DOJ rejects McCabe appeal to abandon prosecution in leak investigation, sources say

PHOTO: Andrew McCabe appears on "The View," Feb. 19, 2019.PlayABC News
WATCH News headlines today: Nov. 20, 2019

The Justice Department has rejected appeals by lawyers for fired FBI deputy director Andrew McCabe, who had urged the department to refrain from seeking an indictment against him for allegedly lying to internal investigators over a disclosure of information to a reporter back in late 2016, sources told ABC News on Thursday.

A source close to McCabe's legal team said they received an email from the Justice Department reading, "The Department rejected your appeal of the United States Attorney’s Office’s decision in this matter. Any further inquiries should be directed to the United States Attorney’s Office."

Another source familiar with the matter confirms that the appeal was rejected.

PHOTO: Andrew McCabe appears on The View, Feb. 19, 2019. ABC News
Andrew McCabe appears on "The View," Feb. 19, 2019.

It was still unclear as of Thursday afternoon if the Justice Department had asked a federal grand jury to indict McCabe — and, if so, what the grand jurors decided.

McCabe's attorney Michael Bromwich sent two emails to senior DOJ officials Thursday, seeking clarity on where McCabe stands.

McCabe's legal team urged DOJ to say publicly that a federal grand jury declined to indict McCabe -- if in fact that's the case. And they again urged DOJ not to try to indict him again, insisting if it's true that prosecutors couldn't persuade a grand jury to indict, then they won't be able to persuade a trial jury to convict.

In the event McCabe is indicted by federal prosecutors, it would be the first instance of the Justice Department bringing criminal charges against a senior law enforcement official involved in the origins of the investigation into Russian interference in the 2016 election, which President Donald Trump and other conservative allies have described as rife with corruption and political bias.

McCabe, who served as the acting FBI director immediately following the firing of James Comey, has said he personally authorized the counterintelligence and criminal investigation of President Trump in May 2017 over fears he would too be removed from the position.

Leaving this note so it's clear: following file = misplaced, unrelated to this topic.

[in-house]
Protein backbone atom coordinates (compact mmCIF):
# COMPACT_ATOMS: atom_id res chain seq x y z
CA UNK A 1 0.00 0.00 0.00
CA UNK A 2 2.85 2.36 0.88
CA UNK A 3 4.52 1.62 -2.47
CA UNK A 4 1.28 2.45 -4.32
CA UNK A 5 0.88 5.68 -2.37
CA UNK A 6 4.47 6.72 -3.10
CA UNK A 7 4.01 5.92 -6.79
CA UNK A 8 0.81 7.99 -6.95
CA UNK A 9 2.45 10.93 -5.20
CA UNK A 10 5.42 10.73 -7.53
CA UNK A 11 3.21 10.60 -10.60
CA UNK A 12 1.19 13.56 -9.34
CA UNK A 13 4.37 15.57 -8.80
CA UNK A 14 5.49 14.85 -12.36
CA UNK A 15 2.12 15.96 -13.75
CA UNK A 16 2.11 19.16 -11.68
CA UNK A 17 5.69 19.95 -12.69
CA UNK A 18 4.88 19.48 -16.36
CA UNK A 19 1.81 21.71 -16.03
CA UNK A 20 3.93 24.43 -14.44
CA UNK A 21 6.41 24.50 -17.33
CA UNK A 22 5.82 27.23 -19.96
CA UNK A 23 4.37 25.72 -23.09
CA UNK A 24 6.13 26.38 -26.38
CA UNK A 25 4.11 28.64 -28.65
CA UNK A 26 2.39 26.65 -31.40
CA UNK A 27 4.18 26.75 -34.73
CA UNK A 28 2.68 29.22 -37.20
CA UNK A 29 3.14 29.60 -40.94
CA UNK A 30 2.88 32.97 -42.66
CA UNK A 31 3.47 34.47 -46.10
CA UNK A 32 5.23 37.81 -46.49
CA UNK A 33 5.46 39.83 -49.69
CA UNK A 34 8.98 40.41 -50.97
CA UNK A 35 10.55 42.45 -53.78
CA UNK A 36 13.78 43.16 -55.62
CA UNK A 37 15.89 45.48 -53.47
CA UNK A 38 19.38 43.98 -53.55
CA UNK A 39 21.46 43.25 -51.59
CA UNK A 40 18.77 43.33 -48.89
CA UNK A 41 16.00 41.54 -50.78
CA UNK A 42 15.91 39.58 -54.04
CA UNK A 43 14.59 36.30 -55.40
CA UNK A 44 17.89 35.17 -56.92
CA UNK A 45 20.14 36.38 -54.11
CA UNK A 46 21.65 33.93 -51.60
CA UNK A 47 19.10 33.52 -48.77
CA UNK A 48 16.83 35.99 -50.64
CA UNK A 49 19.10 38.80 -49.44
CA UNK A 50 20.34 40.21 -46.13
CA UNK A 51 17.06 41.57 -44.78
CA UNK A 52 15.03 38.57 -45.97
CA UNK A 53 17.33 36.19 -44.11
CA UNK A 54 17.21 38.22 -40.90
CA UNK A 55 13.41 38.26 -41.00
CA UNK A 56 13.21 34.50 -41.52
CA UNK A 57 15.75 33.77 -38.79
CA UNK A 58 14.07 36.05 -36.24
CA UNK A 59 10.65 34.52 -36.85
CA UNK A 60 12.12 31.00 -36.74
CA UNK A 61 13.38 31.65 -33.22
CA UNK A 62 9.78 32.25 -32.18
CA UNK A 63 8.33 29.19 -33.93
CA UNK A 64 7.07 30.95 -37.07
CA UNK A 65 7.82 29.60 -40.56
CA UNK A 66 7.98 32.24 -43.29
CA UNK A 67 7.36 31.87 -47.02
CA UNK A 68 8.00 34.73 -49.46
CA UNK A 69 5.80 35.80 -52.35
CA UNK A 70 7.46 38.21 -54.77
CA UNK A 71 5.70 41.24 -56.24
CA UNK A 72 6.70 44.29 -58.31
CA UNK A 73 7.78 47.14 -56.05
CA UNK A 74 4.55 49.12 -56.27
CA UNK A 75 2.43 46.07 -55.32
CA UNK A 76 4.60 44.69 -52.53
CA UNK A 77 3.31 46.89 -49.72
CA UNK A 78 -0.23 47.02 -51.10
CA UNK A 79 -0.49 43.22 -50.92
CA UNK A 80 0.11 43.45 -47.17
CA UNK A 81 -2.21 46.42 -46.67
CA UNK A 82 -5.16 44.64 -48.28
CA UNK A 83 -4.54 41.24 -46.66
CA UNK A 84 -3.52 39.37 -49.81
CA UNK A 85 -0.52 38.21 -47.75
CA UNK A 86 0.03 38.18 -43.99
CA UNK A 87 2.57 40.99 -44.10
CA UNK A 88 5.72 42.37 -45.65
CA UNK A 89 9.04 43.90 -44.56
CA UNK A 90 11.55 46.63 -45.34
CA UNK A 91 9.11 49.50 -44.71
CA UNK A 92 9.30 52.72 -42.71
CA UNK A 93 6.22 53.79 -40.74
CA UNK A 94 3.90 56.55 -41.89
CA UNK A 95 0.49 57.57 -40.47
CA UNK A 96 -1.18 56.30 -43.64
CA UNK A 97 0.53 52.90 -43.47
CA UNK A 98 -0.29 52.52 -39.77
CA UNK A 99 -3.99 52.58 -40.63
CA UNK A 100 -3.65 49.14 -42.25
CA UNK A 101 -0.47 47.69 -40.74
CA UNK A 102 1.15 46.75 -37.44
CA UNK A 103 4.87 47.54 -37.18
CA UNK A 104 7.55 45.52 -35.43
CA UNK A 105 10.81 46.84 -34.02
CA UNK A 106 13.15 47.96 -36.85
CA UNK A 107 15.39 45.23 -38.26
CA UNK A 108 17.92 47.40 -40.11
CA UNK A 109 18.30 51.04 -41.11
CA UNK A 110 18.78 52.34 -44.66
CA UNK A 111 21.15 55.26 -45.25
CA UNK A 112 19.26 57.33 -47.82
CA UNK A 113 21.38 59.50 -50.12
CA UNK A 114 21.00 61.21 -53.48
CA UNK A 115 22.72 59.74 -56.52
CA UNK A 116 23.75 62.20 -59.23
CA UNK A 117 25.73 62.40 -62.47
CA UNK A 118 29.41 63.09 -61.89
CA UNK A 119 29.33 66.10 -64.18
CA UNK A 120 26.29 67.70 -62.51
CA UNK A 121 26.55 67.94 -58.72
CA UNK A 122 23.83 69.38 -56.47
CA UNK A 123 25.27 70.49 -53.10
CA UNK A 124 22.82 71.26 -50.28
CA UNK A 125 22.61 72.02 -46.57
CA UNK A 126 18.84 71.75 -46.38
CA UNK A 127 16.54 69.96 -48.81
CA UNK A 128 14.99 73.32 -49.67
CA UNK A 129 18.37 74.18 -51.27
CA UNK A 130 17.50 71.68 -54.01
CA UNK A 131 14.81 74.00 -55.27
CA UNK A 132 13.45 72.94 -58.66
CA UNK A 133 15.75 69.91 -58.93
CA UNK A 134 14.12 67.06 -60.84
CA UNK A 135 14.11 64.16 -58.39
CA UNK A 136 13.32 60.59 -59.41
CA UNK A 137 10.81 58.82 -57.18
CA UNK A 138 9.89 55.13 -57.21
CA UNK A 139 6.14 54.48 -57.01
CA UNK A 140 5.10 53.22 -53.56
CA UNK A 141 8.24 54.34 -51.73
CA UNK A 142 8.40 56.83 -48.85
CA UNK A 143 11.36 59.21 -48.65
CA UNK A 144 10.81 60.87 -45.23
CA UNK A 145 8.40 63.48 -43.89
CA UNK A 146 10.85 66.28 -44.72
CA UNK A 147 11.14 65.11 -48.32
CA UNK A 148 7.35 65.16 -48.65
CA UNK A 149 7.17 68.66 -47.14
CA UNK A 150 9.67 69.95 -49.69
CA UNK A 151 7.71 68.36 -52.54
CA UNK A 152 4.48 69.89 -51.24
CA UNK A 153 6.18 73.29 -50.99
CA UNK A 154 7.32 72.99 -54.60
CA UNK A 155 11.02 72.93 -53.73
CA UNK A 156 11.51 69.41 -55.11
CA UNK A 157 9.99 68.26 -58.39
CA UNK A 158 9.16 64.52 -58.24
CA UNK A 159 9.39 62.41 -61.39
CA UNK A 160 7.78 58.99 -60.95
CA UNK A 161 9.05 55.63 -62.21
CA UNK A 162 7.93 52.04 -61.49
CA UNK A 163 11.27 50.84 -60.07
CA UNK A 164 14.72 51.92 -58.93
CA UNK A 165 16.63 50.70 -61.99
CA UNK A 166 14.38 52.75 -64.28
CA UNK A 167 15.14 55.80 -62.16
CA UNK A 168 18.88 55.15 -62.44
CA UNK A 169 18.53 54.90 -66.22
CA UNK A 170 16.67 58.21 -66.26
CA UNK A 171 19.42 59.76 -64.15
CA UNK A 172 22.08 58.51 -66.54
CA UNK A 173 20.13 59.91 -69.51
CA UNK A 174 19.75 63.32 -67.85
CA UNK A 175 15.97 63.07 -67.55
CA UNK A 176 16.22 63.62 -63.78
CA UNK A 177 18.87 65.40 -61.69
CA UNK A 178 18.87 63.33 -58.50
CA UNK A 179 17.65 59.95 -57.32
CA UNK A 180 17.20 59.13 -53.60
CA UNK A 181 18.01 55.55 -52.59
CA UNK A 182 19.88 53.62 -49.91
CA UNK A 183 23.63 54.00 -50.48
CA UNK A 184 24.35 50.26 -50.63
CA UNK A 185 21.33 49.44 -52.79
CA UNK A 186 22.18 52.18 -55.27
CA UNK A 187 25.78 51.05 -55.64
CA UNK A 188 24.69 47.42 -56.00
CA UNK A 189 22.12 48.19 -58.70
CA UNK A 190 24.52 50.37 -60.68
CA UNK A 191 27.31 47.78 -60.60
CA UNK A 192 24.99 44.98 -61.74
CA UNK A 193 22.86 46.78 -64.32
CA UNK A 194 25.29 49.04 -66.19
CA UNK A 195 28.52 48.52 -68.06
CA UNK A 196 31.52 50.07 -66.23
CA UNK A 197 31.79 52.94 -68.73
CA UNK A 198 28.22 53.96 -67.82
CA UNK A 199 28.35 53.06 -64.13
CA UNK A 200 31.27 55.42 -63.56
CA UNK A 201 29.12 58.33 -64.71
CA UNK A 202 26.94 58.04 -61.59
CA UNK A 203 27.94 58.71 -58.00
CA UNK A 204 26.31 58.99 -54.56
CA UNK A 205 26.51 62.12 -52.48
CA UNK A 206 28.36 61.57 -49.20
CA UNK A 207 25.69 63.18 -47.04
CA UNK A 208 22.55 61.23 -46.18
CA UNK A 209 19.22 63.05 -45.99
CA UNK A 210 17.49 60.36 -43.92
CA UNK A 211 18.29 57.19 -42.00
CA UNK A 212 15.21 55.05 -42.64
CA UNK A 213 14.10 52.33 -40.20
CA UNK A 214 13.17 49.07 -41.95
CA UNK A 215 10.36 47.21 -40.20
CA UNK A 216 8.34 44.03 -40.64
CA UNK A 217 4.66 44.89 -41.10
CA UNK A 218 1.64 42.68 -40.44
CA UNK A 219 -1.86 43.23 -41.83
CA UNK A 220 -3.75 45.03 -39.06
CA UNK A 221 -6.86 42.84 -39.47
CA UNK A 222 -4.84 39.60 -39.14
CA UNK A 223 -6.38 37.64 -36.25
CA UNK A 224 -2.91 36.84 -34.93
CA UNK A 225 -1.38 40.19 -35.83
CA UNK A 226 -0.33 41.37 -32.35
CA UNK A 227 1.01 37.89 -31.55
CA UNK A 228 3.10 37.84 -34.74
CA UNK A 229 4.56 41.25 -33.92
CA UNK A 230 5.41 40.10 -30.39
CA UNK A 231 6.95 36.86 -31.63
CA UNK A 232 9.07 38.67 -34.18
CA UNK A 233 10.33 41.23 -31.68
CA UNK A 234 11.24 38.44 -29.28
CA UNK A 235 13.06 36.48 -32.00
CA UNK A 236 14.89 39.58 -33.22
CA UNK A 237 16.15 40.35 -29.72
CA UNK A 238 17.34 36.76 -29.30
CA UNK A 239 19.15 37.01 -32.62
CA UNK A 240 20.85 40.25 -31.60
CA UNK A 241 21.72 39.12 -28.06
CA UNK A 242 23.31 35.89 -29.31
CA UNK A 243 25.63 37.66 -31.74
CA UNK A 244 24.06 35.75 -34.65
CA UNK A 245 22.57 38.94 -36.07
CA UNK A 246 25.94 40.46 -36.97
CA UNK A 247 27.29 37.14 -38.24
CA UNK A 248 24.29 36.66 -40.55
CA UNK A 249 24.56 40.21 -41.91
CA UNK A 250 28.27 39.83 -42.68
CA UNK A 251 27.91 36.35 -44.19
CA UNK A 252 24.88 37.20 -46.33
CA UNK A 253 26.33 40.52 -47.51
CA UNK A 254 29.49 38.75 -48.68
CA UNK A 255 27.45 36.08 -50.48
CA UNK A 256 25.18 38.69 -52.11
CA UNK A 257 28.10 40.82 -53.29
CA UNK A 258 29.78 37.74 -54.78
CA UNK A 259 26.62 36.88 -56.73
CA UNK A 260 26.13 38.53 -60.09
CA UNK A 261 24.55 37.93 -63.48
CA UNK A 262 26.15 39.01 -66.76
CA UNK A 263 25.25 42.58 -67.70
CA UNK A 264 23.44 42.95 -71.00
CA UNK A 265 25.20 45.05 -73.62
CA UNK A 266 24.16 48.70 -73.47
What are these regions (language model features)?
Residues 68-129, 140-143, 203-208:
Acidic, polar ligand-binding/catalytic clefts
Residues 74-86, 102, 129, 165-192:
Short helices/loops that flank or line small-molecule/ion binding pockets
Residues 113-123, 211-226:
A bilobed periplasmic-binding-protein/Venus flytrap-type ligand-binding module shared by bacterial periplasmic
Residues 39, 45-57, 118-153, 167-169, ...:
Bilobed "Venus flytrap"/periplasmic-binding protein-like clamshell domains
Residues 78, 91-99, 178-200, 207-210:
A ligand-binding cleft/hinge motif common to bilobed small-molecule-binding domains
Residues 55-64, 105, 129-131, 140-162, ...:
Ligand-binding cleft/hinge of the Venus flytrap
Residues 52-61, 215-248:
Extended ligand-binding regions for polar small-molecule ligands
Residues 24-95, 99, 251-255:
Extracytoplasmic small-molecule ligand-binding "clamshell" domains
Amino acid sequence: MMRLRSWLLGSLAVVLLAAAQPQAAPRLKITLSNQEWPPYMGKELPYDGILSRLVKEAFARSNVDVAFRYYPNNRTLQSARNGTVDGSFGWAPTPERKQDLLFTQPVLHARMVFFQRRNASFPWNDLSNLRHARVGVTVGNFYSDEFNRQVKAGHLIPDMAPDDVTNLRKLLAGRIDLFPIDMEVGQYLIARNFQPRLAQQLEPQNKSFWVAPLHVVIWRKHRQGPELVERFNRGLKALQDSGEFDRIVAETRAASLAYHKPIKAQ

McCabe was fired from the FBI in March of 2018 just hours before his retirement, after the Department of Justice's inspector general released a report determining that he misled investigators while under oath.

The IG said McCabe "lacked candor" specifically about conversations he had regarding a disclosure to the Wall Street Journal about the bureau's investigation of the Clinton Foundation, and referred its findings to federal prosecutors in the spring of 2018.

McCabe has said he never "knowingly misled or lie[d]" to the investigators, but has also acknowledged he lacked clarity and had to correct some of his responses.

Last month, McCabe filed a civil suit against the DOJ and FBI arguing his firing as unjust and politically motivated due to public pressure from President Trump.

President Trump has long targeted McCabe as a political enemy and evidence of political bias in the upper echelons of the FBI early in his administration.

Over Twitter, Trump has repeatedly encouraged a criminal investigation of McCabe.

The Department of Justice and FBI did not immediately respond to ABC News' request for comment on the McCabe development.